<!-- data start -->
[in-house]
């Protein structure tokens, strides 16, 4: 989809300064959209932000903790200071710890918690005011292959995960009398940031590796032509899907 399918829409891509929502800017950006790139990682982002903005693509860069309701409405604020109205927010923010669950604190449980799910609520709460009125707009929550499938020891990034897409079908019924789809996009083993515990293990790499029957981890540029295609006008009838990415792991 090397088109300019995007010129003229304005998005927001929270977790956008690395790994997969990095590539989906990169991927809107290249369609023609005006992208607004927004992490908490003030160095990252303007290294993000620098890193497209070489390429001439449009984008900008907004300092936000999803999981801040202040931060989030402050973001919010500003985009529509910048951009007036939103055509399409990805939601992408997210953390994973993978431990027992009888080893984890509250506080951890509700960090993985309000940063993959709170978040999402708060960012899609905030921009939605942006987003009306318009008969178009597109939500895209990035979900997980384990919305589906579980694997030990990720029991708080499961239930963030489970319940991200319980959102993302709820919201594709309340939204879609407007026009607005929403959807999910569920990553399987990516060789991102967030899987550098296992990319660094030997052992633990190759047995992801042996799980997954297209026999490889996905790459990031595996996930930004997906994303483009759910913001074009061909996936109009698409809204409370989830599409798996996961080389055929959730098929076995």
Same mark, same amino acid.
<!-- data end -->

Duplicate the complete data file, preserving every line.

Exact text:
[in-house]
């Protein structure tokens, strides 16, 4: 989809300064959209932000903790200071710890918690005011292959995960009398940031590796032509899907 399918829409891509929502800017950006790139990682982002903005693509860069309701409405604020109205927010923010669950604190449980799910609520709460009125707009929550499938020891990034897409079908019924789809996009083993515990293990790499029957981890540029295609006008009838990415792991 090397088109300019995007010129003229304005998005927001929270977790956008690395790994997969990095590539989906990169991927809107290249369609023609005006992208607004927004992490908490003030160095990252303007290294993000620098890193497209070489390429001439449009984008900008907004300092936000999803999981801040202040931060989030402050973001919010500003985009529509910048951009007036939103055509399409990805939601992408997210953390994973993978431990027992009888080893984890509250506080951890509700960090993985309000940063993959709170978040999402708060960012899609905030921009939605942006987003009306318009008969178009597109939500895209990035979900997980384990919305589906579980694997030990990720029991708080499961239930963030489970319940991200319980959102993302709820919201594709309340939204879609407007026009607005929403959807999910569920990553399987990516060789991102967030899987550098296992990319660094030997052992633990190759047995992801042996799980997954297209026999490889996905790459990031595996996930930004997906994303483009759910913001074009061909996936109009698409809204409370989830599409798996996961080389055929959730098929076995």
Same mark, same amino acid.